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View Full Version : Ph normalizing lotion - for hard water?


Axium
April 11th, 2003, 07:09 AM
I picked this up at Sally's yesterday. It's Wella Regenal Instant PH normalizing lotion. It's for stopping oxidation on chemical processes. Apply to clean, towel-dried hair and leave on for two minutes, rinse.
What do you all think of using this either/or before/after washing and conditioning?
I've read that GM uses something to adjust the ph level on hair before he shampoos it and does the treatment. Think it might be something like this?
Very interested but of course a little hesitant to put this stuff on my hair.
Thoughts?
Ingredients:
water, stearyl alcohol, petrolatum, cetrimonium chloride, glyceryl stearate, glyoxylic acid, methylparaben, fragrance.

DweamGoiL
April 11th, 2003, 07:20 AM
but what is it supposed to do? is it for colored treated hair to stop the discoloration or am I way off? lol

Elle
April 11th, 2003, 07:26 AM
but what is it supposed to do? is it for colored treated hair to stop the discoloration or am I way off? lol

I was just going to ask this question... :D

KT
April 11th, 2003, 07:28 AM
If all it is supposed to do is normalise pH from hard alkali water back to neutral/slightly acidic, then it would probably be cheaper to just use a vinegar rinse.

Is it supposed to do anything else?

Axium
April 11th, 2003, 07:36 AM
"A one-of-a-kind formula that helps stop the oxidations process after lightening, tinting, permanent waving or relaxing. The unique combination of anti-oxidizing agents and low PH neutralizes peroxide, chemical residue and alkalinity and restores the natural PH balance to hair. Exclusive patented ingredient makes hair look and feel stronger. Smoothes the cuticale and evens porosity; leaves hair soft, shiny, and manageable."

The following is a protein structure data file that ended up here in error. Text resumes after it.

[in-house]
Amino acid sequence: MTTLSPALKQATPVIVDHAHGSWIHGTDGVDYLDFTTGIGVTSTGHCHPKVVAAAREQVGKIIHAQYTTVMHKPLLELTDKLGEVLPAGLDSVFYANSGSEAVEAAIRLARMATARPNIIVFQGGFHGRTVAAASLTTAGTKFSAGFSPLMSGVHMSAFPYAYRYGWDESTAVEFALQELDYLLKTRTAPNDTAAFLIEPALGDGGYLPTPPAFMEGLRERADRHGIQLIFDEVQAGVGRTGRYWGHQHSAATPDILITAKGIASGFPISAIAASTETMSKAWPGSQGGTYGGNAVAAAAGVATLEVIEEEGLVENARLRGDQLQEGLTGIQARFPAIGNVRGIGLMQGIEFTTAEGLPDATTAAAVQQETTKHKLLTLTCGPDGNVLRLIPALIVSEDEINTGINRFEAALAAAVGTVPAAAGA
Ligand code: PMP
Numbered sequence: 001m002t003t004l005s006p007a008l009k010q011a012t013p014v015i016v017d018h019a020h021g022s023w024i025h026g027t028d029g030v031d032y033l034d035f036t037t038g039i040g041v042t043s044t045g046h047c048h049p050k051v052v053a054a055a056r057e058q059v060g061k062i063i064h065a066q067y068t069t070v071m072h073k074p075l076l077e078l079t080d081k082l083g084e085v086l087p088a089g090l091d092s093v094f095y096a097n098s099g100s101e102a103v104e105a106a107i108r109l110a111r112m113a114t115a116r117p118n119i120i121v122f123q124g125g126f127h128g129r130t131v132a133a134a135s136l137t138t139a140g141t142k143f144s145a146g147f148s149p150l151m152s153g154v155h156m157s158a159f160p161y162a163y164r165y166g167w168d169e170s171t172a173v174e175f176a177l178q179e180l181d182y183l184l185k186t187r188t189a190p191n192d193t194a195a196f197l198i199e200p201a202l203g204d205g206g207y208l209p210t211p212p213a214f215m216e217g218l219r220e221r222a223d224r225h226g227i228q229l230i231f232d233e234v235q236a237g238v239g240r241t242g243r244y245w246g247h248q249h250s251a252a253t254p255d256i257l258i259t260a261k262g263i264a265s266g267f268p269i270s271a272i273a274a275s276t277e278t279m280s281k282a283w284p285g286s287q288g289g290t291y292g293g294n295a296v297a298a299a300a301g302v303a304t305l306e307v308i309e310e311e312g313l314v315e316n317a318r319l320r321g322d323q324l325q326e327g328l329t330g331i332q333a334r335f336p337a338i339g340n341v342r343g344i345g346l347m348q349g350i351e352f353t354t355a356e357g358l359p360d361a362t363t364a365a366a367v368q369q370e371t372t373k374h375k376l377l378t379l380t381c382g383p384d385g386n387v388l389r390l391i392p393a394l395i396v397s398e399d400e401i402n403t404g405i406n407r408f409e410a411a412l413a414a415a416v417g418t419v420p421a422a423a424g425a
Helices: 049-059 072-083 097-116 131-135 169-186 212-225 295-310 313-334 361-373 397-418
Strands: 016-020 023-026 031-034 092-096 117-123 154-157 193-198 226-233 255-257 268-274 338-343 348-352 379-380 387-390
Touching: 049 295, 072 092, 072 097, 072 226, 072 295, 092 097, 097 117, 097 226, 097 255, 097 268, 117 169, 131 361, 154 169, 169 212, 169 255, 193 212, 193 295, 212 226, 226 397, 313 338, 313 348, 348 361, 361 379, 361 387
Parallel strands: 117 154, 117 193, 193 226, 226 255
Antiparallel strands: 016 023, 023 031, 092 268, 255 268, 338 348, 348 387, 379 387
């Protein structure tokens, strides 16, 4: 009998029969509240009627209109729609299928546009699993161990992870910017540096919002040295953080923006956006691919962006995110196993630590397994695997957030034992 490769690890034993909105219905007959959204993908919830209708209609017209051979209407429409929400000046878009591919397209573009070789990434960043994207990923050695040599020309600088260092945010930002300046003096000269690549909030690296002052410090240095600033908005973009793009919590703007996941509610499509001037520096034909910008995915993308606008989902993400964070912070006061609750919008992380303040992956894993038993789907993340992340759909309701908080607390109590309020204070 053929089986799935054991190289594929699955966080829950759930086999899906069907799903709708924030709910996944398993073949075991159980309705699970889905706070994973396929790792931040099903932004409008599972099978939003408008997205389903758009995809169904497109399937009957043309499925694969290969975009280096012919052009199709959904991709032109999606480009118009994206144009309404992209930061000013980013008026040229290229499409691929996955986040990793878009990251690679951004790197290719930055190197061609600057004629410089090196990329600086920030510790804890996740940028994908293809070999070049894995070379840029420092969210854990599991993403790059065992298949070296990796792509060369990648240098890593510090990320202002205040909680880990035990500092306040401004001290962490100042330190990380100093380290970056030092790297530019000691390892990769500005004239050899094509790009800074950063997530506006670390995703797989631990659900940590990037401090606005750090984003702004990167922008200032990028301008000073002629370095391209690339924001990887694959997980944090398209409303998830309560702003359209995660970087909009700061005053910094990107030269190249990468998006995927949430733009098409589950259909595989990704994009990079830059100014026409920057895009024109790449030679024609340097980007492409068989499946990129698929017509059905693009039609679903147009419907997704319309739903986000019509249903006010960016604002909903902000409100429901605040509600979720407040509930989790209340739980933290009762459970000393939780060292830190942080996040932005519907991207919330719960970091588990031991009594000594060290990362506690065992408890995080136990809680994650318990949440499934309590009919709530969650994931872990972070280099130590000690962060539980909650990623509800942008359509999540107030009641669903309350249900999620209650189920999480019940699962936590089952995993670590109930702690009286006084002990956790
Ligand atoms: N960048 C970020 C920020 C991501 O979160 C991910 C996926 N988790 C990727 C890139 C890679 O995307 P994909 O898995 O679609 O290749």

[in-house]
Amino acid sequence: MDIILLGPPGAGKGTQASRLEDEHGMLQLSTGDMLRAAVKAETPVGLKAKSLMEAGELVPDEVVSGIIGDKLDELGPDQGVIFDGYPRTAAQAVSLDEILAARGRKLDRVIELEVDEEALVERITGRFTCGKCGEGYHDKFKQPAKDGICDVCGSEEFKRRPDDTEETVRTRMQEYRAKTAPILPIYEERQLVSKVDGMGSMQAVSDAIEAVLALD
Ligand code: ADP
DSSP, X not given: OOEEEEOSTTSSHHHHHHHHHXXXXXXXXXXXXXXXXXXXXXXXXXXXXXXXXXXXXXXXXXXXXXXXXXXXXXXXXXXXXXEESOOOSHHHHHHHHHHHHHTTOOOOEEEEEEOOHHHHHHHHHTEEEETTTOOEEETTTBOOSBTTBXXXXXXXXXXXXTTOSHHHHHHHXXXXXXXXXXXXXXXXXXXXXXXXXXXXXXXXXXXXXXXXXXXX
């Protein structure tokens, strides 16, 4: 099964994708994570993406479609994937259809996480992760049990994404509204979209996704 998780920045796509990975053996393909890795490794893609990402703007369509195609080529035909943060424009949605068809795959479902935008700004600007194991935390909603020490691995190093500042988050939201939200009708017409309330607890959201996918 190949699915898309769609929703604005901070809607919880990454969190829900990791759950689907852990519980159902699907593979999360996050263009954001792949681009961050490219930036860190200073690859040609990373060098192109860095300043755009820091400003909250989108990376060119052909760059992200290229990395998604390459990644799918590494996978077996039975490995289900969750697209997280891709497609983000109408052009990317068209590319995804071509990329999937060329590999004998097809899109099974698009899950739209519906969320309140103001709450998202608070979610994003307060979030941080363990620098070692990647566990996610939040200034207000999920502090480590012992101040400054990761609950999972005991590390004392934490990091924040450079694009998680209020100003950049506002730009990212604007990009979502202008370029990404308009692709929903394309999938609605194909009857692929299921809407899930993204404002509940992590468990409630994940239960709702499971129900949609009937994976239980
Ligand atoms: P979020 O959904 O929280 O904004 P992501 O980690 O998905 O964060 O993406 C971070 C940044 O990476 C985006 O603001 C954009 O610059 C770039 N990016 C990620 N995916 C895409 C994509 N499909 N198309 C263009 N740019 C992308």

whew!

euphrasyne
April 11th, 2003, 07:45 AM
I questioned dh (chemist who loves ph questions) about this, and here is what he had to say:

The lotion is not going to be either Acidic or Basic. Its going to
have components that will react with either Acids or bases to
neutalize which ever is present and make your hair return to a
neutral pH.

It should work with Hard Water. Hard water is usally a little bit
higher in pH than soft water probably running around 8.5 pH where
soft city water is usally around 7.5 pH. Might not do anything for
you except right when you finish coloring your hair though.
Probalby not reactive enough to work on the pH in water. Your hair
color is going to be a lot more reactive than just a regular shampo
and it could help set the color more by stopping the reaction at the
maximum point.

Hope this is helpful!

--Cheryl

Axium
April 11th, 2003, 07:58 AM
Thanks, that's great! I don't do any chemical processes on my hair, however, our pH is 9.5!! Could you please ask your chem. about that ;) and whether it would be best to use it before and/or after? Thanks!

euphrasyne
April 11th, 2003, 08:51 AM
Asked dh when to use, and he replied:
Probably after conditioning. If the pH of the water is 9.5 that is
pretty basic. The stabilizer would help keep the basic water from
destroying the effects of the conditioner.

--Cheryl

Axium
April 11th, 2003, 09:21 AM
This is VERY exciting! I can't wait to try it! Thank you for checking this out! I hope more peeps will weigh in on this over the day, I'm really jazzed about this. Could be the missing link! Esp. with the base hard water, then the acidic vinegar rinses I do; this may even everything out again. Altho, the main rinse to get this lotion back out will be another good dose of the hard water. Followed, of course, by plenty of distilled water, perhaps some teas, then cold, cold distilled water. And yet - sigh - another two minute leave-in step to add to the routine...I'll just get a laptop and live in the bathroom!

Axium
April 12th, 2003, 06:37 PM
The results are in! I used it today - mixed it with my regular blend of conditioners and oils and applied it all after shampoo. I DO think it made a positive difference. Hair has great slip. I'm going to keep this as part of my routine! It's not that much, either, about the price of an Aussie conditioner.